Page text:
As we discovered after hours of testing the utility, the FFXV benchmark is disingenuous in its execution, rendering load-intensive objects outside the camera frustum and resulting in a lower reported performance metric. We accessed the hexadecimal graphics settings for manual GameWorks setting tuning, made easier by exposing .INI files via a DLL, then later entered noclip mode to dig into some performance anomalies. On our own, we’d discovered that HairWorks toggling (on/off) had performance impact in areas where no hair existed. The only reason this would happen, aside from anomalous bugs or improper use of HairWorks (also likely, and not mutually exclusive), would be if the single hair-endowed creature in the benchmark were drawn at all times.
The benchmark is rendering creatures that use HairWorks even when they’re miles away from the character and the camera. Again, this was made evident while running benchmarks in a zone with no hairworks whatsoever – zero, none – at which point we realized, by accessing the game’s settings files, that disabling HairWorks would still improve performance even when no hairworks objects were on screen. Validation is easy, too: Testing the custom graphics settings file by toggling each setting, we're able to (1) individually confirm when Flow is disabled (the fire effect changes), (2) when Turf is disabled (grass strands become textures or, potentially, particle meshes), (3) when Terrain is enabled (shows tessellation of the ground at the demo start' terrain is pushed down and deformed, while protrusions are pulled up), and (3) when HairWorks is disabled (buffalo hair becomes a planar alpha texture). We're also able to confirm, by testing the default "High," "Standard," and "Low" settings, that the game's default GameWorks configuration is set to the following (High settings):
- VXAO: Off
- Shadow libs: Off
- Flow: On
- HairWorks: On
- TerrainTessellation: On
- Turf: On
Benchmarking custom settings matching the above results in identical performance to the benchmark launcher window, validating that these are the stock settings. We must use the custom settings approach, as going between Medium and High offers no settings customization, and also changes multiple settings simultaneously. To isolate whether a performance change is from GameWorks versus view distance and other settings, we must individually test each GameWorks setting from a baseline configuration of "High."
Final Fantasy XV is shaping up to be intensely demanding of GPU hardware, with greater deltas developing between nVidia & AMD devices at High settings than Medium settings. The implication is that, although other graphics settings (LOD, draw distance) change between High and Medium, the most significant change is that of GameWorks options. HairWorks, Shadow libraries, and heavy ground tessellation are all toggled on with High and off with Medium. The ground tessellation is one of the most impactful to performance, particularly on AMD hardware; that said, although nVidia fares better, the 10-series GPUs still struggle with frametime consistency when running all the GameWorks options. This is something we’re investigating further, as we’ve (since writing this benchmark) discovered how to toggle graphics settings individually, something natively disabled in the FFXV benchmark. Stay tuned for that content.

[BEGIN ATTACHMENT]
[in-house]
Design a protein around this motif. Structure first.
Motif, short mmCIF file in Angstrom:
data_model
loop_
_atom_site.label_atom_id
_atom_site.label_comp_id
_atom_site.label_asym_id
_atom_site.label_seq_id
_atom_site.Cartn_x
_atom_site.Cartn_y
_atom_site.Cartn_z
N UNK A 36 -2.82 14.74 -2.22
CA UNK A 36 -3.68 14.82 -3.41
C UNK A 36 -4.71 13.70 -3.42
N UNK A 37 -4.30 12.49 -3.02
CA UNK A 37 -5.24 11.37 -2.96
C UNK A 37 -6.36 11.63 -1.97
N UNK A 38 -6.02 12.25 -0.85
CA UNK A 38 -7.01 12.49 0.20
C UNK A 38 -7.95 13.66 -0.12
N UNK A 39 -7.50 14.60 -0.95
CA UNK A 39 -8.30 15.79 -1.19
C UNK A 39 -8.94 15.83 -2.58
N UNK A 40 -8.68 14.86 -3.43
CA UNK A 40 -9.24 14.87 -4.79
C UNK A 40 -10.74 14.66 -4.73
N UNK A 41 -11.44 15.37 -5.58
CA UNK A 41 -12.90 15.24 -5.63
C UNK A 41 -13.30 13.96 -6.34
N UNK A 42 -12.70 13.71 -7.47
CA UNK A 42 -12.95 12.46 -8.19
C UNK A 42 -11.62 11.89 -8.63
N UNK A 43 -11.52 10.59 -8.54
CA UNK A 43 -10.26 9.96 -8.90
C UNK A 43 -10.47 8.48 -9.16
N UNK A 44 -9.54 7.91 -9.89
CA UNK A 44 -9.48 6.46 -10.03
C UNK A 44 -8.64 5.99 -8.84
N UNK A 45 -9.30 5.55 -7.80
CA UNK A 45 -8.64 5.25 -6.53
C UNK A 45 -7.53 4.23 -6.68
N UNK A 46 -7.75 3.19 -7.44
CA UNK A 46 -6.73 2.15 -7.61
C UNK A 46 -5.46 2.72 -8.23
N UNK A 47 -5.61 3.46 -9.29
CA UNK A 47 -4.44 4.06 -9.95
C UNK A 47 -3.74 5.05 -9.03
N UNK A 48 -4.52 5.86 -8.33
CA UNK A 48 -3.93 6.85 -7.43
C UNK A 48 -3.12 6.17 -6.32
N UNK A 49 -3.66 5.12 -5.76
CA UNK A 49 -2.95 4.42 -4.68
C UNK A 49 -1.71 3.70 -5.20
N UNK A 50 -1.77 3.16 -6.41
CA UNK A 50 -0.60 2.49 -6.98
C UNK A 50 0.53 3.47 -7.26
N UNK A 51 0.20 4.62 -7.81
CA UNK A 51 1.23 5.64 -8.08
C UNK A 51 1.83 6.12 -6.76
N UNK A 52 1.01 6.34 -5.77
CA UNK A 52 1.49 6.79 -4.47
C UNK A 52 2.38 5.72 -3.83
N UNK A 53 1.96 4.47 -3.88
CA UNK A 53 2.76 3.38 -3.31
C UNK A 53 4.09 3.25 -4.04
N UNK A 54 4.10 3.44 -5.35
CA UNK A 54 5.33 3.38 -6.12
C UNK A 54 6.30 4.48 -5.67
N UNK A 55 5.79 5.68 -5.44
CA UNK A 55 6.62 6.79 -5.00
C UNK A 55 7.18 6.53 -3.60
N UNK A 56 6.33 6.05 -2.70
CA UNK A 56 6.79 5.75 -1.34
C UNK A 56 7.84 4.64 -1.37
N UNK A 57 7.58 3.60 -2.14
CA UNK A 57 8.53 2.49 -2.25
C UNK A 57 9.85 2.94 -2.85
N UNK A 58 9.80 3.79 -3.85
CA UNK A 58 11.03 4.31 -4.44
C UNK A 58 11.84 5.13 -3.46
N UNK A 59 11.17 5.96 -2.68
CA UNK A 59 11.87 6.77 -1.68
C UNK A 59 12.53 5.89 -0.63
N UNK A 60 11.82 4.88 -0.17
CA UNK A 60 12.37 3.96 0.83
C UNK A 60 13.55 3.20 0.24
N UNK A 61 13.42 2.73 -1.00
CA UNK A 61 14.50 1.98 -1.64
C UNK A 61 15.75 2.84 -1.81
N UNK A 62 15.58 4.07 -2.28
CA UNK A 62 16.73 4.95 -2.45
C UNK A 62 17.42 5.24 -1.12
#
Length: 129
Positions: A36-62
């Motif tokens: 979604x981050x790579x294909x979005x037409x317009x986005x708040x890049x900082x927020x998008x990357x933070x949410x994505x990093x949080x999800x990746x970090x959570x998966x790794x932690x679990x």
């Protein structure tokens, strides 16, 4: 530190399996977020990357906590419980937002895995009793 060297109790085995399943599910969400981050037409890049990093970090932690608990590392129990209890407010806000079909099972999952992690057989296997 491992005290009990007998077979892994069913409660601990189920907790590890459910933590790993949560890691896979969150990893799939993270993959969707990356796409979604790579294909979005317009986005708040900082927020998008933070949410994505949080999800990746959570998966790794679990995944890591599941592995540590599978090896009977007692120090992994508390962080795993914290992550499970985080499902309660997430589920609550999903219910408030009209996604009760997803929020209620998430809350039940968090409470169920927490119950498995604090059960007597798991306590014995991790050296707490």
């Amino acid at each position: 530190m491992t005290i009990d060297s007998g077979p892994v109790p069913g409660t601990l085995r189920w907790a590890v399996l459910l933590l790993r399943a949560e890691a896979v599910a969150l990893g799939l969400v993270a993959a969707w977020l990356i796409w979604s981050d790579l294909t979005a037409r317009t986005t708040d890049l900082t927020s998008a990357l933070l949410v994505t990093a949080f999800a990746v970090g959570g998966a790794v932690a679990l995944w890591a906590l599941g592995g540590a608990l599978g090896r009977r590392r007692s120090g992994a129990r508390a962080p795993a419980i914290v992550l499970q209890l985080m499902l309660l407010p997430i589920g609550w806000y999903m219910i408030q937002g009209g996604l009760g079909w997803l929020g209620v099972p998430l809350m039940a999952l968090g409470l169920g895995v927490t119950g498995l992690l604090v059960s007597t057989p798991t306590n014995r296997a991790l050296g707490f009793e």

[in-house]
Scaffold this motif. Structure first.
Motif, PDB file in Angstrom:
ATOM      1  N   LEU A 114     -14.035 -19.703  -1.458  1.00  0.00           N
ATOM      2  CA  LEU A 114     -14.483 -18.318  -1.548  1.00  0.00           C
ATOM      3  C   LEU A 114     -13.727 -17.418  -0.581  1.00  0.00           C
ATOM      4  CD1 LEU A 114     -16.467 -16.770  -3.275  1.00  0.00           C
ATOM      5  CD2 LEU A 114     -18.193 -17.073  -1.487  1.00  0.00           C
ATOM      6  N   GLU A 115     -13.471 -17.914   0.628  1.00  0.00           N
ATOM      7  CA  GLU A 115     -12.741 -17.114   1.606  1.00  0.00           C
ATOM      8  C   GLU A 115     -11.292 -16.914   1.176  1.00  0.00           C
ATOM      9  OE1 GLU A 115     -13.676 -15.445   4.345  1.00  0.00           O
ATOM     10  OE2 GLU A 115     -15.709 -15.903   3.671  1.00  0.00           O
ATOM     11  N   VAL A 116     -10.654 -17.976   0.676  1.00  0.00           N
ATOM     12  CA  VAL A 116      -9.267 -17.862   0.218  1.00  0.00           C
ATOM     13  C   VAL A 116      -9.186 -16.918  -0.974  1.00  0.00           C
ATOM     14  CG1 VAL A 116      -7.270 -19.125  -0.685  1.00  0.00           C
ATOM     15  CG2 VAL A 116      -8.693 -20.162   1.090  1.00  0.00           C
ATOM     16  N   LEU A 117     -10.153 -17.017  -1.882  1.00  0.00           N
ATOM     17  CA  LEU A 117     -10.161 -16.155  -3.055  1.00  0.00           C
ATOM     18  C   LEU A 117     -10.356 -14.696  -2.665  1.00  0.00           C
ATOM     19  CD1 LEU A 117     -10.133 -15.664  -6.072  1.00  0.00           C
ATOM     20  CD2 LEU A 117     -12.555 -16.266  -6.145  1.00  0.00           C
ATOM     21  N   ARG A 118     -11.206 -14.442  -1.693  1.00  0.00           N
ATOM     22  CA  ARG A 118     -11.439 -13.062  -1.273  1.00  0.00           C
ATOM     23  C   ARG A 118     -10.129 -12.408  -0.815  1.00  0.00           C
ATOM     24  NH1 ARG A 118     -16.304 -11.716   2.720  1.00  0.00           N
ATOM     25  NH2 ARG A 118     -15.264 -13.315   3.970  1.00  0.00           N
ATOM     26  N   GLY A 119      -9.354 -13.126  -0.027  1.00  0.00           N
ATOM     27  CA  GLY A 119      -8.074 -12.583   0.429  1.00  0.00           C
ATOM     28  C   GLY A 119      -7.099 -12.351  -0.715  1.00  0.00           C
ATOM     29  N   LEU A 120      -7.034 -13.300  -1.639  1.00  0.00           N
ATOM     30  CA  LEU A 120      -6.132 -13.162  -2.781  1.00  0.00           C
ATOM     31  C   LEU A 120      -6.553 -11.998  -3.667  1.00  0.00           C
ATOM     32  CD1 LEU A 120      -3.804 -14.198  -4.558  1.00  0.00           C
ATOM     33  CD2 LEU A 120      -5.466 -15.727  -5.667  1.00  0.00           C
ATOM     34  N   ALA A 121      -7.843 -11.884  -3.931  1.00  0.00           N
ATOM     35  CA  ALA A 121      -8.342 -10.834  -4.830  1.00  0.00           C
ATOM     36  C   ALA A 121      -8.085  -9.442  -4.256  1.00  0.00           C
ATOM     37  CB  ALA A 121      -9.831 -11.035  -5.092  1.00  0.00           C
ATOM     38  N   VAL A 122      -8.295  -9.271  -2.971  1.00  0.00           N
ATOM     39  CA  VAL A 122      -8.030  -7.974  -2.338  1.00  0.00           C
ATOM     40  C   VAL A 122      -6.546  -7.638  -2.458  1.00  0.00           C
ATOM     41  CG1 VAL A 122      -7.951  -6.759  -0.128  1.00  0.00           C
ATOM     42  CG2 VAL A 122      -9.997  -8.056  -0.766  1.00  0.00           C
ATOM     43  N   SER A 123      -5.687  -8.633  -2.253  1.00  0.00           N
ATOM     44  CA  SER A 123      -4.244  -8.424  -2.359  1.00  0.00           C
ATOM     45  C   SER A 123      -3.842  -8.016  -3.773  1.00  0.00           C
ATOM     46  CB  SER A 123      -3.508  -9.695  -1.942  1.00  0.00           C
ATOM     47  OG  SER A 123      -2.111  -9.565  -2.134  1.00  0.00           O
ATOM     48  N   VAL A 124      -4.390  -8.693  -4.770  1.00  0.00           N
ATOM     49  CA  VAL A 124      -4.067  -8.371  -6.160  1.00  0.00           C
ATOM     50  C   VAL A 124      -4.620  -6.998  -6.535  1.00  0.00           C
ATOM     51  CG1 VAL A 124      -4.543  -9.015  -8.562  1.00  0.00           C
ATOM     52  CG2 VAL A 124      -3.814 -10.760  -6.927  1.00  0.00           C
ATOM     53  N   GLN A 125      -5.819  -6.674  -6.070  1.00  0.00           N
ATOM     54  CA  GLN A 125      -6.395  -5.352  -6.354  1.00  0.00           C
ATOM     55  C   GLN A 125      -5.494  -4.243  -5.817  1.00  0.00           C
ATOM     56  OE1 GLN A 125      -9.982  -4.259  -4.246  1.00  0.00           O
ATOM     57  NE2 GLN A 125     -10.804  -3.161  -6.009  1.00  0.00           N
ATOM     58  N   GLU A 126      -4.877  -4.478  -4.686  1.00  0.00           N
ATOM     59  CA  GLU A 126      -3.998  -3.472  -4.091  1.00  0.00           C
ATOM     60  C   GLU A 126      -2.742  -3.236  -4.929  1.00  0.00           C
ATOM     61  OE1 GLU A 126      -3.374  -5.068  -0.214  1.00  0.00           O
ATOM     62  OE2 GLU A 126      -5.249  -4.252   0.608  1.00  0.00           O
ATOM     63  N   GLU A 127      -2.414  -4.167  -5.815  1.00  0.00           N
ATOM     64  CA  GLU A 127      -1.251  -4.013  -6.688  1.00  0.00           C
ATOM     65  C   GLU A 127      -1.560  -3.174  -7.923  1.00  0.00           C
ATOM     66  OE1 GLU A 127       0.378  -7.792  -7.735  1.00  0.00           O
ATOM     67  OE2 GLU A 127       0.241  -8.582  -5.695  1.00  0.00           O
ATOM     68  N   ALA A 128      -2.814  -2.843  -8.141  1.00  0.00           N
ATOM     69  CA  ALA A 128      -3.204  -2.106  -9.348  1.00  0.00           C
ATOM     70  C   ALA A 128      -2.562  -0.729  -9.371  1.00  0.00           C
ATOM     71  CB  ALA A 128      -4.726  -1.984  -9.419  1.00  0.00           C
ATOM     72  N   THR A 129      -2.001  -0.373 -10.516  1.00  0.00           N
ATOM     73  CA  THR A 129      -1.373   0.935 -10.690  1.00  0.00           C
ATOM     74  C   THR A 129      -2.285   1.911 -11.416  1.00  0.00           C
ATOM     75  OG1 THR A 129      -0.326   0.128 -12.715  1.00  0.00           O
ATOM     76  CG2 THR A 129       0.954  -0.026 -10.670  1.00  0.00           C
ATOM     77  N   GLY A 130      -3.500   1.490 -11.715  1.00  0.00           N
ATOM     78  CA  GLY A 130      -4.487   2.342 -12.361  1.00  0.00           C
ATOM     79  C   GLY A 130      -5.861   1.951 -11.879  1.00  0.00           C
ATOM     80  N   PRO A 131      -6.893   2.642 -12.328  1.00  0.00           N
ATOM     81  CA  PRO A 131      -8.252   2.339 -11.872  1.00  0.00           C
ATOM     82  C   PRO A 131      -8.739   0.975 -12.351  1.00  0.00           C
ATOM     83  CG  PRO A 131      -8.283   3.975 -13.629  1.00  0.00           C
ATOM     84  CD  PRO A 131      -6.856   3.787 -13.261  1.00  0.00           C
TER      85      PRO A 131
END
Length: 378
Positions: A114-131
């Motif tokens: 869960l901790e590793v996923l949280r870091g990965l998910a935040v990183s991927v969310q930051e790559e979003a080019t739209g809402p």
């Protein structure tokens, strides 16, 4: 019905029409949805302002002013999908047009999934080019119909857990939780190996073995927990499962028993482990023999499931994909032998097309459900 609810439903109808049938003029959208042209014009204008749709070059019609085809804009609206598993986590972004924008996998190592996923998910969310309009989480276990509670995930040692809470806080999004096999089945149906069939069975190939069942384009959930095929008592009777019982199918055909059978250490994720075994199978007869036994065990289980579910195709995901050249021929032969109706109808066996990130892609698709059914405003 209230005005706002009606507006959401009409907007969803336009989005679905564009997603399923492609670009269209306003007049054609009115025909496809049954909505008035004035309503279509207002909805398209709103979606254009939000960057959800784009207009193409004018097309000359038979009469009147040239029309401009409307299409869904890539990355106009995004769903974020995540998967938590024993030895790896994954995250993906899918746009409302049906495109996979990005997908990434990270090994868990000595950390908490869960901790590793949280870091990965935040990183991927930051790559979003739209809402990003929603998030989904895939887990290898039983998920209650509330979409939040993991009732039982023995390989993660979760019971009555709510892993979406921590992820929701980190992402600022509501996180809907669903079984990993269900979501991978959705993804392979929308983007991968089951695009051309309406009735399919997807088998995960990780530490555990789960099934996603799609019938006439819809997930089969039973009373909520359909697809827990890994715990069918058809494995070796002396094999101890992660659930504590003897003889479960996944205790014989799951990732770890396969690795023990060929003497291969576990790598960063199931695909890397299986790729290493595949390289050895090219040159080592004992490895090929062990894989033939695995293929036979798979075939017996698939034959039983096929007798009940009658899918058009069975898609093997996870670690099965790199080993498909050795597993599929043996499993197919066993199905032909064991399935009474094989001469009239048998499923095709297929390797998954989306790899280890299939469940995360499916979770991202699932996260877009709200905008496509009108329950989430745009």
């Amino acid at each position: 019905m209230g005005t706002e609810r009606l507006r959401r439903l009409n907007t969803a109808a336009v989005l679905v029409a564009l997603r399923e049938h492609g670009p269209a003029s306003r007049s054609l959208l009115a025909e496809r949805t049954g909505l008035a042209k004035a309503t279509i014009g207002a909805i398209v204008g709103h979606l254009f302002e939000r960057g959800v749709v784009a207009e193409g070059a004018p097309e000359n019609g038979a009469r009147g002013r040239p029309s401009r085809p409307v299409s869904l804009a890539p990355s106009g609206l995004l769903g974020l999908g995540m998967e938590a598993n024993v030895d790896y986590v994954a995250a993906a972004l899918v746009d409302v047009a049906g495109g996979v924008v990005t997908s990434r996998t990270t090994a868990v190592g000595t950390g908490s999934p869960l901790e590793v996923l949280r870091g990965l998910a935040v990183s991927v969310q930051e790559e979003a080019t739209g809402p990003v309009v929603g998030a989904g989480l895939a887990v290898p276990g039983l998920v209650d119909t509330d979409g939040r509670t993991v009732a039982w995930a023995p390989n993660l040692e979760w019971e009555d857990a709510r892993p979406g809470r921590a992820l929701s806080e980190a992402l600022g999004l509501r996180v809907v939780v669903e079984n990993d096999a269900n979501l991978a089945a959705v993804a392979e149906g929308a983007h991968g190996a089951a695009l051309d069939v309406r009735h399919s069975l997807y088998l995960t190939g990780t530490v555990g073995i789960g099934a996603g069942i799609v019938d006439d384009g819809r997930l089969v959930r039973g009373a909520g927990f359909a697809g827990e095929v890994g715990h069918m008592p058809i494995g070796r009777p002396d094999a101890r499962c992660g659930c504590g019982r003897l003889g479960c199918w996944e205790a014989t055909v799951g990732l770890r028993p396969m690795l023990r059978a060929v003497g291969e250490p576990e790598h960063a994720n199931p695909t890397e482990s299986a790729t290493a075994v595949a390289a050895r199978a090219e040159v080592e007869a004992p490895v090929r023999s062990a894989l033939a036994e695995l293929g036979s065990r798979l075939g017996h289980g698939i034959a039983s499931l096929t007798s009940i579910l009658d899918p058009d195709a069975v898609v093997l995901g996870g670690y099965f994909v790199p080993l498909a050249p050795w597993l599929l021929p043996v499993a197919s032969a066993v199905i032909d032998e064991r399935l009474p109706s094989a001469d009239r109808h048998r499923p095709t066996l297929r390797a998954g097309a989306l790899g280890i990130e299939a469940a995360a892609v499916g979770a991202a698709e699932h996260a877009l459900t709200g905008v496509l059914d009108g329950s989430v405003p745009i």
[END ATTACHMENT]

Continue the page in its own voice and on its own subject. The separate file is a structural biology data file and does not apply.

In the meantime, we still have some unique GPU benchmarks and technical graphics analysis for you. One of our value adds is 1440p benchmarks, which are, for some inexplicable reason, disabled in the native FFXV benchmark client. We automated and scripted our benchmarks, enabling us to run tests at alternative resolutions. Another value-add is that we’re controlling our benchmarks; although it is admirable and interesting that Square Enix is collecting and aggregating user benchmark data, that data is also poisoned. The card hierarchy makes little sense at times, and that’s because users run benchmarks with any manner of variables – none of which are accounted for (or even publicly logged) in the FFXV benchmark utility.
Separately, we also confirmed with Square Enix that the graphics settings are the same for all default resolutions, something that we had previously questioned.
The short answer to the headline is “sometimes,” but it’s more complicated than just FPS over time. To really address this question, we have to first explain the oddity of FPS as a metric: Frames per second is inherently an average – if we tell you something is operating at a variable framerate, but is presently 60FPS, what does that really mean? If we look at the framerate at any given millisecond, given that framerate is inherently an average of a period of time, we must acknowledge that deriving spot-measurements in frames per second is inherently flawed. All this stated, the industry has accepted frames per second as a rating measure of performance for games, and it is one of the most user-friendly means to convey what the actual, underlying metric is: Frametime, or the frame-to-frame interval, measured in milliseconds.
Today, we’re releasing public some internal data that we’ve collected for benchmark validation. This data looks specifically at benchmark duration or optimization tests to min-max for maximum accuracy and card count against the minimum time required to retain said accuracy.
Before we publish any data for a benchmark – whether that’s gaming, thermals, or power – we run internal-only testing to validate our methods and thought process. This is often where we discover flaws in methods, which allow us to then refine them prior to publishing any review data. There are a few things we traditionally research for each game: Benchmark duration requirements, load level of a particular area of the game, the best- and worst-case performance scenarios in the game, and then the average expected performance for the user. We also regularly find shortcomings in test design – that’s the nature of working on a test suite for a year at a time. As with most things in life, the goal is to develop something good, then iterate on it as we learn from the process.